Small enterprises hamstrung by shopping centre owners in favour of super-retailers
Major shopping malls and national retailers are allegedly engaging in “loose cartel” behaviour that is “cannibalising” small township businesses, the Competition Commission’s Grocery Retail Market Inquiry panel heard at its public hearings in Durban this week.
The SA Traders’ Association, which represents 60 small and medium-sized enterprise (SME) retailers in KwaZulu-Natal, together with the Chatsworth Centre Tenants’ Association, presented its grievances regarding the effect of national supermarket chains in townships, peri-urban and rural areas, alleging that “loose cartels” had been formed in the retail property sector, damaging SME livelihoods.
Laven Pillay, a lawyer representing the two associations, said more than 80% of the country’s prime shopping malls were owned by five listed JSE companies – Old Mutual Properties, Sanlam Properties, Liberty Properties, Vukile Property Fund and Redefine Properties.
These companies have “cross shareholdings” with national retailers Pick n Pay, Checkers, Spar, Massmart and Woolworths, which are allegedly granted more favourable lease agreements than small retailers.
“The supermanagement company JHI manages the Old Mutual, Sanlam, Liberty and Vukile property groups. Redefine manages its own properties,” Pillay said.
“It is therefore our submission that loose cartels have been formed.”
Pillay said there was almost 300 000m2 of shopping mall space in township and rural shopping centres, with 160 shopping malls larger than 30 000m2 nationally across all areas, compared with just 36 in 1994.
“Today, there is more than 23 million squared metres of institutionalised shopping centres in South Africa ... Super and large retailers, most of which are listed on the JSE, superfranchises and national retailers occupy between 80% and 90% of floor space,” Pillay said.
He claimed that mall owners holding shares in national retailers that were “dominant” in shopping centres was “contrary” to the Competition Act.
Pillay said super-retailers were granted long-term leases of five to 20 years at beneficial rates and, in some cases, were granted “tenant installation” allowances ranging from R100 000 to millions of rands to set up shop, while SMEs were given three-year leases with no guarantee of renewal.
“Super-retailers are given low escalations, which range from as low as 1% to the consumer price index. The SMEs’ escalations start from 8% and go up to 12%. This creates a compounded negative effect on SMEs,” Pillay said.
He said super-retailers were not affected by “deal creep”, which is when landlords unilaterally change lease conditions.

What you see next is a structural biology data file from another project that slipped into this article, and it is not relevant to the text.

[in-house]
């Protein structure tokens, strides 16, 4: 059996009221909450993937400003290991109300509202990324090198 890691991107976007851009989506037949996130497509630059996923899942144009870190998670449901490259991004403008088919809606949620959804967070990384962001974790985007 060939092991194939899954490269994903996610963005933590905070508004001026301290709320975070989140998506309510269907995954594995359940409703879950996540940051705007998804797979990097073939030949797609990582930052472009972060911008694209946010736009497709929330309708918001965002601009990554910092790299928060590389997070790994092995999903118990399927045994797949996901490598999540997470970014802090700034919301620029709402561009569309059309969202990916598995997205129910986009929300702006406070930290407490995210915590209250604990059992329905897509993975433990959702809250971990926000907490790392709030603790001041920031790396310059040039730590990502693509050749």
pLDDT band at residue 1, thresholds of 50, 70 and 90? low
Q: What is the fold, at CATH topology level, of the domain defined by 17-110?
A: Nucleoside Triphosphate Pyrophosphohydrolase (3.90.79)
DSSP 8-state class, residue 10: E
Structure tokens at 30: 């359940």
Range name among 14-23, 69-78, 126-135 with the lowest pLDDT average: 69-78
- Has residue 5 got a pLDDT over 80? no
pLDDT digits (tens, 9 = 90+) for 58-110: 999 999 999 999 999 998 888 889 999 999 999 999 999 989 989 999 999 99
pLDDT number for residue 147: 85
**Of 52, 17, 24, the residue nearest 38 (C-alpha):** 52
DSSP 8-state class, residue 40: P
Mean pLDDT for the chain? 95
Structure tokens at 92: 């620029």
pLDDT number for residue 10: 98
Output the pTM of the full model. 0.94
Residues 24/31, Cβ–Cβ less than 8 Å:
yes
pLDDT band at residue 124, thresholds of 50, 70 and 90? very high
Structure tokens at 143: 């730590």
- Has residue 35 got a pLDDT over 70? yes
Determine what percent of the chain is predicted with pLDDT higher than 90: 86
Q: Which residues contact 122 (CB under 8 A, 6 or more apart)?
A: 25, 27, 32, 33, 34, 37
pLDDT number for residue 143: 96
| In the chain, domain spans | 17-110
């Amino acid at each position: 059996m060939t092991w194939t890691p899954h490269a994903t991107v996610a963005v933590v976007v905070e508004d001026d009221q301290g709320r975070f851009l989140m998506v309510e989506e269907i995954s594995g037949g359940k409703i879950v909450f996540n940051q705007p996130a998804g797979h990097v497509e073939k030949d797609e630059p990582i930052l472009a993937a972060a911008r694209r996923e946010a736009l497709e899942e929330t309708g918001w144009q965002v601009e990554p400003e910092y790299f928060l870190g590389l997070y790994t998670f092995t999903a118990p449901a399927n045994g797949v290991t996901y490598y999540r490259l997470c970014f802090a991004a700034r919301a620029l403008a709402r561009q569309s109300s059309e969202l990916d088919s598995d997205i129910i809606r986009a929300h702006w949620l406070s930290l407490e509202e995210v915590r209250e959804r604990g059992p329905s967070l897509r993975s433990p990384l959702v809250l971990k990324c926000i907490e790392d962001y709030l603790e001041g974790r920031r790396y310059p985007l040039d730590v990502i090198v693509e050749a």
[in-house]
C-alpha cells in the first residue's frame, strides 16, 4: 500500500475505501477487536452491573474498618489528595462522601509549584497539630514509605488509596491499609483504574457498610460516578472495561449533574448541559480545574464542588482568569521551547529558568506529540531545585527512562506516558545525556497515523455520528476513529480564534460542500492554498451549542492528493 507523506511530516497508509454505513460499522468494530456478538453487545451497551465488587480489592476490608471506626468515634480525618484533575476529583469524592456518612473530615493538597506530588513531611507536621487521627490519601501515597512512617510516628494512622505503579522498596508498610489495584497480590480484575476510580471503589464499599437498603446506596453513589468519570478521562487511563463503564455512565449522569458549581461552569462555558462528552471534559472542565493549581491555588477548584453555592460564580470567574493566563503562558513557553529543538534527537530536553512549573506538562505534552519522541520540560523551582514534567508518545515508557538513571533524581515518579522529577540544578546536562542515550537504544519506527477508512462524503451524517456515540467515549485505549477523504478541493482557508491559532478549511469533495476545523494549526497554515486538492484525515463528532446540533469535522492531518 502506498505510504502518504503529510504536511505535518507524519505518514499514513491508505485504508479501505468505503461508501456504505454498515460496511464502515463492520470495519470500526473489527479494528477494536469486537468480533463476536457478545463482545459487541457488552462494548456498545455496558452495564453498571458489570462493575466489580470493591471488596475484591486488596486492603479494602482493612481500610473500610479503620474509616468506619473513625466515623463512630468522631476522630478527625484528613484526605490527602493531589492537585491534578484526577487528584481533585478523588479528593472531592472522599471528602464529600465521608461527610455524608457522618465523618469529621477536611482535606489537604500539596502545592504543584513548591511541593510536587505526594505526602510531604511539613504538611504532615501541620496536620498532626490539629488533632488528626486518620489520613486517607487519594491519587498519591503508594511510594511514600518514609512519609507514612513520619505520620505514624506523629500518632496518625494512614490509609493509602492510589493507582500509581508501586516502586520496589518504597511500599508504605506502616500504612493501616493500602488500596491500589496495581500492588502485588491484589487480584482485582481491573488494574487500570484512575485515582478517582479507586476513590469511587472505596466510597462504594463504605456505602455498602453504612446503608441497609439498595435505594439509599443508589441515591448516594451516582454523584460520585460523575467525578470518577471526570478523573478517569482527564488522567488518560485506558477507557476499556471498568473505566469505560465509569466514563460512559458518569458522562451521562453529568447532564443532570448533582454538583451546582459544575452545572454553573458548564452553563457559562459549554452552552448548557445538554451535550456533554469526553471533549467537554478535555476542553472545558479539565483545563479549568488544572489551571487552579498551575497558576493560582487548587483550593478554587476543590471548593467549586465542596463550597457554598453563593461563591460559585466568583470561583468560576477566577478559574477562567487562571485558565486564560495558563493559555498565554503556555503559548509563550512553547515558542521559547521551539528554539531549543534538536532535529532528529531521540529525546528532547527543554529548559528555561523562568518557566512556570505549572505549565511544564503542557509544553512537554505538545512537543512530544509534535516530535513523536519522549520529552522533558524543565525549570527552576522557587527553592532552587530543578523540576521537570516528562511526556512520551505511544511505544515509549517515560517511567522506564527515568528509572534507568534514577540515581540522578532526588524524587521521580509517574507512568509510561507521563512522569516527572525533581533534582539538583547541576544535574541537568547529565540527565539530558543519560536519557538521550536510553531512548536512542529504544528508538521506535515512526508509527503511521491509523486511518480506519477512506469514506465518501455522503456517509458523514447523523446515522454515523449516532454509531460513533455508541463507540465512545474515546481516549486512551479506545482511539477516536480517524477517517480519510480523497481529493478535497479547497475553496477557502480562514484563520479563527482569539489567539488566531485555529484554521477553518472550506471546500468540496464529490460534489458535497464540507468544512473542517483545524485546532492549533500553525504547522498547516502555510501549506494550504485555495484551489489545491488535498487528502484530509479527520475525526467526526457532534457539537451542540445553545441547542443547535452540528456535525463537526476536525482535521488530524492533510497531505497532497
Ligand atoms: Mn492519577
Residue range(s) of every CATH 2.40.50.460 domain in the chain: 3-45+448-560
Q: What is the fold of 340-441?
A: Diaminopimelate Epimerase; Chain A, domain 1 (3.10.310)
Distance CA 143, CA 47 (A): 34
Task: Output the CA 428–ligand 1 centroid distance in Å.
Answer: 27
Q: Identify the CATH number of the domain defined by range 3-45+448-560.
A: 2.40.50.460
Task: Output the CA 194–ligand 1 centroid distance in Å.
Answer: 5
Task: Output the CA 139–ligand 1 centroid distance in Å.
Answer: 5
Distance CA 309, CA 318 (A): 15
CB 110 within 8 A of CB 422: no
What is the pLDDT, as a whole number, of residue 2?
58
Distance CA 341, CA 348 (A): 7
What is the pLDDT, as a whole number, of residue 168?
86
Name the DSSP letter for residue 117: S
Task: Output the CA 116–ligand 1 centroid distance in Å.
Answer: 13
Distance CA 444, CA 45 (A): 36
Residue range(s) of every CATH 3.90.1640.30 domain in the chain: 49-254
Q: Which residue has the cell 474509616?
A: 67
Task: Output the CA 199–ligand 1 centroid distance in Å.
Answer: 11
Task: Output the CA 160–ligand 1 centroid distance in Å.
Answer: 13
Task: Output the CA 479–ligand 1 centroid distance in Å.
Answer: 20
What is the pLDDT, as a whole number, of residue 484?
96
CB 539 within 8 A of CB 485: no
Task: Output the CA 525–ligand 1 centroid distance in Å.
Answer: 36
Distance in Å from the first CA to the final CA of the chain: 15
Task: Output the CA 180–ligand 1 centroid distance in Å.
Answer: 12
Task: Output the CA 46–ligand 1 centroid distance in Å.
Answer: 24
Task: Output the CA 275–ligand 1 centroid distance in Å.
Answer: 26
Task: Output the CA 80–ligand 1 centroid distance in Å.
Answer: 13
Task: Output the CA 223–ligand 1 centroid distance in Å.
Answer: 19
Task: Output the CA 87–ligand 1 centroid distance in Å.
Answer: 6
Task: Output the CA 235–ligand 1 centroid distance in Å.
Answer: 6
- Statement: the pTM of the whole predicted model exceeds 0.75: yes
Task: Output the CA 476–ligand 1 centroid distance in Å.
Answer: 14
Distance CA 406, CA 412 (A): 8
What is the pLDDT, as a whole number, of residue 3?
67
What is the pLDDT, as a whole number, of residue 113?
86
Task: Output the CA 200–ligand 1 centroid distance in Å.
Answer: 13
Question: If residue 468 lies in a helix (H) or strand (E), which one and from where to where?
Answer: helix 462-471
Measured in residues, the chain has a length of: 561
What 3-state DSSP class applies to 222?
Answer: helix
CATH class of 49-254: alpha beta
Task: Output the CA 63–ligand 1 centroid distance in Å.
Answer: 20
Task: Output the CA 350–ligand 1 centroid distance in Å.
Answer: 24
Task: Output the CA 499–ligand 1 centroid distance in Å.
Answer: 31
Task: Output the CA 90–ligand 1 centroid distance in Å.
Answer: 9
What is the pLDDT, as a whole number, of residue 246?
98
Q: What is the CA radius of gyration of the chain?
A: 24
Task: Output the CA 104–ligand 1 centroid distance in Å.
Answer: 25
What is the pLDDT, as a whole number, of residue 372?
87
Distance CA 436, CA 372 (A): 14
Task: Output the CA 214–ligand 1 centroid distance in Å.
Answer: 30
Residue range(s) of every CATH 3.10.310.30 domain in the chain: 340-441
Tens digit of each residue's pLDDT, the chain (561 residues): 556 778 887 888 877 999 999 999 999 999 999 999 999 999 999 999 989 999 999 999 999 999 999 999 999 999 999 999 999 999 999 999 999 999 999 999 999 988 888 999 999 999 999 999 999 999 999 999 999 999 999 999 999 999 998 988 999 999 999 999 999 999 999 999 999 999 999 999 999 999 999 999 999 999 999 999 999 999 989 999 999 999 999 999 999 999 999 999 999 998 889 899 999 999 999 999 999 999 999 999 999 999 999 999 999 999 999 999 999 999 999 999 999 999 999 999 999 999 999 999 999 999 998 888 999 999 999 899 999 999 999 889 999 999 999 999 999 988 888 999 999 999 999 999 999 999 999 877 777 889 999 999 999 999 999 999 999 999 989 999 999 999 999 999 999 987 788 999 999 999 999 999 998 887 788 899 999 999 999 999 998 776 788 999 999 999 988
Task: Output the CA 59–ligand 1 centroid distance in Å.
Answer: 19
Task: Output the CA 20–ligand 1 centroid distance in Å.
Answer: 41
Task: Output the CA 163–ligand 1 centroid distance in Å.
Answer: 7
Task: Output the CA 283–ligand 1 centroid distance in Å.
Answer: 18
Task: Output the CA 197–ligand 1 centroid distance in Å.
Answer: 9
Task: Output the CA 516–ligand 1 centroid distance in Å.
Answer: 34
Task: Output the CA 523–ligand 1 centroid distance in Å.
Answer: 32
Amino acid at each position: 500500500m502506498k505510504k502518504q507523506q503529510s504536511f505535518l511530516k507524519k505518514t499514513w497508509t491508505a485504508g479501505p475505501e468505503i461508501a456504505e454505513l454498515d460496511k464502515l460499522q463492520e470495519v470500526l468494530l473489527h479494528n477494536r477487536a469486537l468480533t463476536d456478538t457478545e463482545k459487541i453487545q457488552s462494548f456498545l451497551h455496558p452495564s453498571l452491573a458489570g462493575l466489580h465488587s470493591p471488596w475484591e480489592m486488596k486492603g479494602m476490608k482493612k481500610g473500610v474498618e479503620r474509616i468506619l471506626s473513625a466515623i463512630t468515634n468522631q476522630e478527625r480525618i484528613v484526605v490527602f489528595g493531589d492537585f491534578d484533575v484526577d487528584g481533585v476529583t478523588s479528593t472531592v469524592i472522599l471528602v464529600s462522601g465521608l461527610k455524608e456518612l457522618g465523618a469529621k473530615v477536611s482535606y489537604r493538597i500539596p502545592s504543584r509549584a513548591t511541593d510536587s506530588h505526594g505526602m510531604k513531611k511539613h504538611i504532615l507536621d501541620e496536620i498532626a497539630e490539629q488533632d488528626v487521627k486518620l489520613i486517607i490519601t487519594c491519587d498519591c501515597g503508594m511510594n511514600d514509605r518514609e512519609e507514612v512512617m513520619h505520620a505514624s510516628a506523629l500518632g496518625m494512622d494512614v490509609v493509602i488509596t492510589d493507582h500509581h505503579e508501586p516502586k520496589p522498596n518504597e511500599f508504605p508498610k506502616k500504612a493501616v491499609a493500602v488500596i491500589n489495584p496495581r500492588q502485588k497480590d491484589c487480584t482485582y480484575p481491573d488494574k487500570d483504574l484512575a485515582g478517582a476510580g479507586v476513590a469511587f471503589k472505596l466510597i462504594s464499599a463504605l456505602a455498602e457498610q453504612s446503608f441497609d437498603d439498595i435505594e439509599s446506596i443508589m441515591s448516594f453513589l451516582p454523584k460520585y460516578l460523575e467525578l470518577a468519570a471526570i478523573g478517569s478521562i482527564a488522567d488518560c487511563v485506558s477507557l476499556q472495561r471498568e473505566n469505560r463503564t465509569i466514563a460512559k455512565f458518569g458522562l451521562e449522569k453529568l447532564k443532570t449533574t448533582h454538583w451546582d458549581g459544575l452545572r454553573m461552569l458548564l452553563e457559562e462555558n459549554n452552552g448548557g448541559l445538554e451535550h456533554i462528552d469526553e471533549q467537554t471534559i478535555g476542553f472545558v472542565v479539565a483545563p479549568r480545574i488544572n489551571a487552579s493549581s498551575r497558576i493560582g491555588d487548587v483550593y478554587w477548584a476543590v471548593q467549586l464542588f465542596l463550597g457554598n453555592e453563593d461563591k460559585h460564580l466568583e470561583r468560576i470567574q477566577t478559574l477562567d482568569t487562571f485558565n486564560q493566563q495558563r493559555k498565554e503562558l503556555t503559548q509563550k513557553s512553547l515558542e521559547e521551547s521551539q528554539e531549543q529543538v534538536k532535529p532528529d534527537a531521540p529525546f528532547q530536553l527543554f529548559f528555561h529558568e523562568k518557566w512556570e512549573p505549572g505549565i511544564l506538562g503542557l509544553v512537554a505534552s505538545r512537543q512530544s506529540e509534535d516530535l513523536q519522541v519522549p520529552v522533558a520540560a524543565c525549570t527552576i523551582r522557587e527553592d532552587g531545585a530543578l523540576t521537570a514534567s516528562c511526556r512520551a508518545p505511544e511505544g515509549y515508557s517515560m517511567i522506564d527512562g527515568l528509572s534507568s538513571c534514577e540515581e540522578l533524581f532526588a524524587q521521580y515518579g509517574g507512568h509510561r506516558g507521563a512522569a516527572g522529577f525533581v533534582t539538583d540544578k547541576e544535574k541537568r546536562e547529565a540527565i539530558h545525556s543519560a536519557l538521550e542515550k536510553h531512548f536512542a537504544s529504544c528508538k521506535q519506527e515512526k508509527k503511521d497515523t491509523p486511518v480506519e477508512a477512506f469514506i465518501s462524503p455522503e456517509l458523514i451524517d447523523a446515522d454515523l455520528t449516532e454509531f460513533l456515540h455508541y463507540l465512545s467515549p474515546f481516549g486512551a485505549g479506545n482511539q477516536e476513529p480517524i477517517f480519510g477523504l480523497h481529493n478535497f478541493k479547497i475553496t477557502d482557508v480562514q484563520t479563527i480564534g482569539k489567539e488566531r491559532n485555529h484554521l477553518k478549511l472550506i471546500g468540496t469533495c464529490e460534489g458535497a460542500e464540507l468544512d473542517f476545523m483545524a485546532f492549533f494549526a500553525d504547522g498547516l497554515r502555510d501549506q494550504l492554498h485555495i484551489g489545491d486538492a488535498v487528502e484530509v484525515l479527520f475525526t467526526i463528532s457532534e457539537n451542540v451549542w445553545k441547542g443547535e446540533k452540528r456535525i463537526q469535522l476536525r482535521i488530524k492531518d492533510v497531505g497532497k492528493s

Pillay added that landlords could change or cancel SME leases with short notice for revamps and they were often relocated to make way for super retailers.
“Bullying within the industry is in the form of cancellation of leases or nonrenewal of leases – the majority of SMEs are of the opinion that problems are caused by management agencies that, from time to time, would not allow renewal of leases to force SMEs into higher rates of lease,” Pillay said.
“SMEs are concerned that, in the absence of regulation, if the trends continue, SMEs would potentially lose their livelihood to the larger retailers,” he said.
Pillay called for the commission not to fine players if cartel behaviour could be proved.
“Force the guilty parties, namely the landlords, to relinquish land ownership to SMEs and equitably redistribute the land and property. The cartel’s selfregulation by way of contracts of lease have cannibalised SMEs,” Pillay said.
Sanlam came under fire at the inquiry from tenants of the Chatsworth Centre in Durban.
Chatsworth Centre Tenants’ Association chair Arthur Pallium said SMEs that had been in the centre for many years had been “victimised”, had unilateral changes made to leases and some had been forced out to make way for national retailers that were charged rent of R80 per square metre, while SMEs paid up to R900 per square metre.
SMEs were also prohibited in their leases from adapting their businesses to supply new goods and services, such as cellphone contracts, but national retailers had no such restrictions.
Sanlam Properties CEO André Rheeder declined to comment.
Mumtaz Moola, legal consultant for the SA Property Owners’ Association, which, according to its website, represents 90% of the country’s commercial and industrial property companies, said the association had committed to “a more vibrant globally competitive industry”, and referred questions to individual property owners and retailers.
Grocery Retail Market Inquiry panel chair Professor Halton Cheadle said complaints about major retailers affecting smaller retailers in townships had been raised countrywide. However, he said the purpose of the inquiry was to find out how the market worked and not to investigate any alleged contraventions, although matters could be referred to the commission for investigation as they arose.
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